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- "Patients who developed metastatic disease in a shorter time than the median metastasis-free survival (10 months) had statistically significantly worse sarcoma-specific survival than patients who developed metastatic disease after the median metastasis-free interval. That longer disease-free interval is associated with improved survival has also been reported by Harting et al. (2006). This suggests that there should be more frequent followup at the beginning, in order to detect and aggressively treat distant disease. "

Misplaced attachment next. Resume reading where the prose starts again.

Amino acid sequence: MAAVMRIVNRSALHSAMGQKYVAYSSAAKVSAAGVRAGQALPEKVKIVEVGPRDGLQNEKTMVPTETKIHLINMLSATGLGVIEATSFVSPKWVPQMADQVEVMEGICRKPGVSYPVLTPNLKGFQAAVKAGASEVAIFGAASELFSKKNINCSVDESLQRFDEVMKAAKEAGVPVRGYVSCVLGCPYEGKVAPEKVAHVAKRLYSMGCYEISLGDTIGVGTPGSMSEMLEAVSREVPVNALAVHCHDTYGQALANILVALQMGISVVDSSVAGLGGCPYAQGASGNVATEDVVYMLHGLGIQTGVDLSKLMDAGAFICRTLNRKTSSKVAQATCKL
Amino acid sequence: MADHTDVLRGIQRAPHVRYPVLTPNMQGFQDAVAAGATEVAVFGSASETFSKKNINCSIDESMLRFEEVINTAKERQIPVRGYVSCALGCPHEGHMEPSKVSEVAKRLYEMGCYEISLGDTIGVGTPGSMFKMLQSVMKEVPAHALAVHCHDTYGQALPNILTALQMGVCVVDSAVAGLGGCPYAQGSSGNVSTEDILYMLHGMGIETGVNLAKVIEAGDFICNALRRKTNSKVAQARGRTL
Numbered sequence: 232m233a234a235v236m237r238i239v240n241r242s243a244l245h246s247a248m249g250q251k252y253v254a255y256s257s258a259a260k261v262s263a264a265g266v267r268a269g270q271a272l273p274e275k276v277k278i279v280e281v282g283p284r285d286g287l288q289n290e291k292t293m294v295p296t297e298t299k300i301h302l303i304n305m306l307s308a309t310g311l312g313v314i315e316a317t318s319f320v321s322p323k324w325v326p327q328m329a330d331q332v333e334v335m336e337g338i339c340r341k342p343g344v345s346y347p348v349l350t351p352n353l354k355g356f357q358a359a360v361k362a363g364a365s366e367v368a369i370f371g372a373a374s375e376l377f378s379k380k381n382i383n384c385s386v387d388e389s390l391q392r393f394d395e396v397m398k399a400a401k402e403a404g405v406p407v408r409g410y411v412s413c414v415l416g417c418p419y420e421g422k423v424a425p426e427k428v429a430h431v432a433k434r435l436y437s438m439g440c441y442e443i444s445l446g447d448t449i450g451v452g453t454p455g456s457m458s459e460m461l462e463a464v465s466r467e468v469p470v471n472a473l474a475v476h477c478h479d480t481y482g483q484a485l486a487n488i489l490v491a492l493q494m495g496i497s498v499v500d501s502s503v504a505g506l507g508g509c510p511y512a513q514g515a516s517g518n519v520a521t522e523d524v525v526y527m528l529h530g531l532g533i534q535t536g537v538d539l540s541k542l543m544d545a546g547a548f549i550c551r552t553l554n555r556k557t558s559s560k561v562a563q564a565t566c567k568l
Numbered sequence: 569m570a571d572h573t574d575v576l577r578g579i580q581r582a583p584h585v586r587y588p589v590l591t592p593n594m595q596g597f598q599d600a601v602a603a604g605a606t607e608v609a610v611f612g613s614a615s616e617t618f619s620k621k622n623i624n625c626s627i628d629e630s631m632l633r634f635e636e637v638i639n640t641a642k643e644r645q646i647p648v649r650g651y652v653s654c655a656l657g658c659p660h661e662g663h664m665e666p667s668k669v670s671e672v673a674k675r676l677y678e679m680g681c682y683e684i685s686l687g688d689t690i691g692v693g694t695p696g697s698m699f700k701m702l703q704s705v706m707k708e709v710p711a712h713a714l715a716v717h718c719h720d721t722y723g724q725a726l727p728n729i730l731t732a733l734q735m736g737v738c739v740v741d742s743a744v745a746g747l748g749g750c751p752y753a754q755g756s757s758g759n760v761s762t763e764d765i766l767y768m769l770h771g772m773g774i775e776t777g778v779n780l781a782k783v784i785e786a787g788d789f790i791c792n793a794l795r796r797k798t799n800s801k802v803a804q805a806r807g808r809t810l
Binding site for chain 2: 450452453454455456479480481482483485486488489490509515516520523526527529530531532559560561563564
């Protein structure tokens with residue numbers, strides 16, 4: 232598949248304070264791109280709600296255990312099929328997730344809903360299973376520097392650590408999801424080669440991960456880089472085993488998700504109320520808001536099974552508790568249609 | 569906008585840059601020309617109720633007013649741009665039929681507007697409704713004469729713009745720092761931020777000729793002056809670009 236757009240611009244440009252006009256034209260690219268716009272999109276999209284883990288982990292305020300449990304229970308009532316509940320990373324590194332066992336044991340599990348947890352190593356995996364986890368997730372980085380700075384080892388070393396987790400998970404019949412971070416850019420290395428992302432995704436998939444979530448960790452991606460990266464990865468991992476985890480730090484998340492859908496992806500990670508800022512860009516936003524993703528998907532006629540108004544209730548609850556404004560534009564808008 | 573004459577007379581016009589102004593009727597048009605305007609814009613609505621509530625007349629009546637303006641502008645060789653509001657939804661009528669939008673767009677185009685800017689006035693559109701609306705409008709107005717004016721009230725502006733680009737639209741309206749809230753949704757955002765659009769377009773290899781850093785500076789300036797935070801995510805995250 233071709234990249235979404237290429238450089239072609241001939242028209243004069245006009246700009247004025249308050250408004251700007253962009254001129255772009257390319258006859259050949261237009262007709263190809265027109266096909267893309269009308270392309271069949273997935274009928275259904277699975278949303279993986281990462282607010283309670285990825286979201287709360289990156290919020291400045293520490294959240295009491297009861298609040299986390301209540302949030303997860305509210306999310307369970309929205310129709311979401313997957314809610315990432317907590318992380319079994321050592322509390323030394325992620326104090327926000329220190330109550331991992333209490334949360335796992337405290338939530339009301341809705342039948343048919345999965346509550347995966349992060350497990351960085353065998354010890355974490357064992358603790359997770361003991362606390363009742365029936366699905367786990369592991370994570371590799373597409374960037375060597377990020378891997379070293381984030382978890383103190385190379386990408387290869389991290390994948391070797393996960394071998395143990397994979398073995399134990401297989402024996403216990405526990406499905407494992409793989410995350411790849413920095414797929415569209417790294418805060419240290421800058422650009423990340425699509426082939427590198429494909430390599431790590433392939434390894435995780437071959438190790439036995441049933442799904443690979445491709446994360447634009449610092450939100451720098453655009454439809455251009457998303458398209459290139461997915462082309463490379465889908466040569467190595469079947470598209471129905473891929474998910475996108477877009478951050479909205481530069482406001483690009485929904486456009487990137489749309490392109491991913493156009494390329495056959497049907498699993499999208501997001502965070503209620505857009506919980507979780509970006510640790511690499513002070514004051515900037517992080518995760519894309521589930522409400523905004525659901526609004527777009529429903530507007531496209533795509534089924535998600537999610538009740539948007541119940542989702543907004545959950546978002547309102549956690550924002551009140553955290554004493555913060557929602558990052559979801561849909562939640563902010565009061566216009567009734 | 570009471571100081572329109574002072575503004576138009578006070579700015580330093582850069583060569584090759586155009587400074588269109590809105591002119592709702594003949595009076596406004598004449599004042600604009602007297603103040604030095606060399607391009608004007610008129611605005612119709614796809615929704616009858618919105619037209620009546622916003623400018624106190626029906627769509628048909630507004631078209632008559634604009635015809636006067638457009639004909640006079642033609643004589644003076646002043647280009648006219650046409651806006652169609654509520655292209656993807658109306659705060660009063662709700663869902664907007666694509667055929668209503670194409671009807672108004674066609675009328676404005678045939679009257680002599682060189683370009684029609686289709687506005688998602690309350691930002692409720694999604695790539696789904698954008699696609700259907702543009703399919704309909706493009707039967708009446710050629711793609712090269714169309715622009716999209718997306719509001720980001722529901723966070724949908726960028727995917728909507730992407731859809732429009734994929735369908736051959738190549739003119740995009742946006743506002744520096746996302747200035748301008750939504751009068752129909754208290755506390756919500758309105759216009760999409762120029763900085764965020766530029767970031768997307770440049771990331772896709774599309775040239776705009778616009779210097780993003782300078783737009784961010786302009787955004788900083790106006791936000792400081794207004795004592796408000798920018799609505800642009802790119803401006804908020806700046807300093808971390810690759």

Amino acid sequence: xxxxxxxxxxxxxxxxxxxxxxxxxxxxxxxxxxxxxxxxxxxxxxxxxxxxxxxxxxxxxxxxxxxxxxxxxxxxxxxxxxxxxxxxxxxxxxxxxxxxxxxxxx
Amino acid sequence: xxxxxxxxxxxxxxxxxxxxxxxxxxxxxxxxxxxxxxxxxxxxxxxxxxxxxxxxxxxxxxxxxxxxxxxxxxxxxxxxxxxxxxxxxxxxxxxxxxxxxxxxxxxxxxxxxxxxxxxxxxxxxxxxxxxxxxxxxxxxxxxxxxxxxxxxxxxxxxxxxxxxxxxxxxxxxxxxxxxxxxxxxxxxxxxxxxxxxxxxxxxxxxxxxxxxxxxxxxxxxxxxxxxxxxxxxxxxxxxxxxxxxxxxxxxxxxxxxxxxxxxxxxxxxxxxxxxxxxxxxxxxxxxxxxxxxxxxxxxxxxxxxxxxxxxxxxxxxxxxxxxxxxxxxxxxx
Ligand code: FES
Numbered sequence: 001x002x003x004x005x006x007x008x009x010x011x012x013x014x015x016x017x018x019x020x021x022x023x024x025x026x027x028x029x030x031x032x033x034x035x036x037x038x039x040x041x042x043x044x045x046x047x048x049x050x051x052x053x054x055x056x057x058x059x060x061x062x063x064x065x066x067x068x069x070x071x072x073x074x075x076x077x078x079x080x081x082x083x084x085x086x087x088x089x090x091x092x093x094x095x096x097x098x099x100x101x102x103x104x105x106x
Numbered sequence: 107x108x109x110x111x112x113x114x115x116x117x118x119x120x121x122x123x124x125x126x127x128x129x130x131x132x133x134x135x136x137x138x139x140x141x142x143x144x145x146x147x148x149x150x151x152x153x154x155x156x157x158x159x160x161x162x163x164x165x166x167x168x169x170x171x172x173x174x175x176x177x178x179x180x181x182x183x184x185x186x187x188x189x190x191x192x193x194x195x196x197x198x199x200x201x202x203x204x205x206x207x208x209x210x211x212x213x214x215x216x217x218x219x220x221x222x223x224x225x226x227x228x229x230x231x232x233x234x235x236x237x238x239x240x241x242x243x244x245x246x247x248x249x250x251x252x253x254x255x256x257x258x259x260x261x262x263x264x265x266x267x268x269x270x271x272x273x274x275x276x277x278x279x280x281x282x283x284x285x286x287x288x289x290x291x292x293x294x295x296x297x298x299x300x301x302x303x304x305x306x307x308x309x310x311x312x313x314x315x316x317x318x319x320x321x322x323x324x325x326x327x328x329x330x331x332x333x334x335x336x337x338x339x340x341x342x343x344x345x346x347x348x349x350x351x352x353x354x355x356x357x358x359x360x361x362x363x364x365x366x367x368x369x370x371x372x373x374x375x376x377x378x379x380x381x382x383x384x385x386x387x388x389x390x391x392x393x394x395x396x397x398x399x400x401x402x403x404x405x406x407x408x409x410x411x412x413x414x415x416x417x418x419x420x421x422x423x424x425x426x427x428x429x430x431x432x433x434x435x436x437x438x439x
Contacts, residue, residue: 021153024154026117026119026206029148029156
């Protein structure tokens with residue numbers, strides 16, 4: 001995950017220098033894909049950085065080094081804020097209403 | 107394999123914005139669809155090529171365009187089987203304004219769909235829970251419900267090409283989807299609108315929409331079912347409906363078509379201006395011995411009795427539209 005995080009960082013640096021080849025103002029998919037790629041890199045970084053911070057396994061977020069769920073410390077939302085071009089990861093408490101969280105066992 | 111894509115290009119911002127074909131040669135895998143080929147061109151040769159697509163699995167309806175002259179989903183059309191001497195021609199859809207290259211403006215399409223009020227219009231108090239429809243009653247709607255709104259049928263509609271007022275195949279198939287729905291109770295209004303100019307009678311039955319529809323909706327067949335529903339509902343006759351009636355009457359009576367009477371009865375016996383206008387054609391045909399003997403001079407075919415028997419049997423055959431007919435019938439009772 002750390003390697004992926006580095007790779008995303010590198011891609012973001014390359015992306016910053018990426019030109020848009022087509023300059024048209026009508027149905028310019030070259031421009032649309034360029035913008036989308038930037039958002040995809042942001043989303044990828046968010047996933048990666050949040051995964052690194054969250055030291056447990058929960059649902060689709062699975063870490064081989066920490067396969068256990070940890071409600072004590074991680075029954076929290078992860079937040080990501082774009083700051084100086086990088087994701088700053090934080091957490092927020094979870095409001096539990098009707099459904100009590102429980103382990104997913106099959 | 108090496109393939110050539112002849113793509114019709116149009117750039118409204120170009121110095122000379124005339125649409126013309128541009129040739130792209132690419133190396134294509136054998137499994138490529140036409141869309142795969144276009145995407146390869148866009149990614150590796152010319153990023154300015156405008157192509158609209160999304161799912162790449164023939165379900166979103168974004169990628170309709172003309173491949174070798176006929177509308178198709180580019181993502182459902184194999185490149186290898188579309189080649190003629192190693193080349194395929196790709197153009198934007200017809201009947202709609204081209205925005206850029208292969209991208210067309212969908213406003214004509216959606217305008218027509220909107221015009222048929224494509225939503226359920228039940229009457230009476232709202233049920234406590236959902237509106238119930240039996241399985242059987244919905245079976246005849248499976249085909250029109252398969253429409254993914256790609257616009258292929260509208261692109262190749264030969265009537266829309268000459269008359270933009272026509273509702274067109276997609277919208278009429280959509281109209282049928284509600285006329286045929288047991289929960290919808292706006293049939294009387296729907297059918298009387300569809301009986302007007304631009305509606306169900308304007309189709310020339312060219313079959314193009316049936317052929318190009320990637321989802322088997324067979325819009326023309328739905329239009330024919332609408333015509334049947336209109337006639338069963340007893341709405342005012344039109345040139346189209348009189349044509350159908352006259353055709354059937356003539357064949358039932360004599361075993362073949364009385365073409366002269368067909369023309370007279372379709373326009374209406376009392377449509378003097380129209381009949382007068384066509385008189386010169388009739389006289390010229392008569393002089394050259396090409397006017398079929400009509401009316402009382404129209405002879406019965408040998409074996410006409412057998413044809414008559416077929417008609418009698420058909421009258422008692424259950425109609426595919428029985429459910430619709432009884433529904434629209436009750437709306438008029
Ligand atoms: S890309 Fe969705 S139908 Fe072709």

ABSTRACT: There have only been a few nationwide studies on the epidemiology and outcome of osteosarcoma. We report the clinical features, treatment, and prognosis of osteosarcoma in Finland for the period 1971-1990. The study material was derived from population-based data from the national Finnish Cancer Registry. 302 osteosarcomas were reported during the study period. Histological slides could be retrieved for 199 cases and from histological re-examination, 139 (83%) of these cases were confirmed as osteosarcoma and were included in the analysis. The mean length of follow-up was 8 (0.1-28) years. The overall 5-year survival for the whole study population was 58%, with an improvement in survival during 1981-1990 (65%) compared to the period 1971-1980 (47%) (p=0.01). More chemotherapy was administered in the later time period. For metastasis-free survival, diagnosis in the 1970s as opposed to the 1980s (p=0.01) and large tumor size worsened outcome in univariate analysis. Patients who developed metastatic relapse within 10 months of the diagnosis had worse sarcoma-specific survival than those who developed metastases later. Limb-salvage surgery increased from 12% to 23% for patients with a peripheral tumor, with no increase in local relapses. We recommend aggressive approach to treat recurrent disease, with a view to further improving survival. In a small country such as Finland it is necessary to concentrate treatment to only a few centers, to ensure a high quality of treatment.Acta Orthopaedica 01/2009; 79(6):861-6. DOI:10.1080/17453670810016966 · 2.45 Impact Factor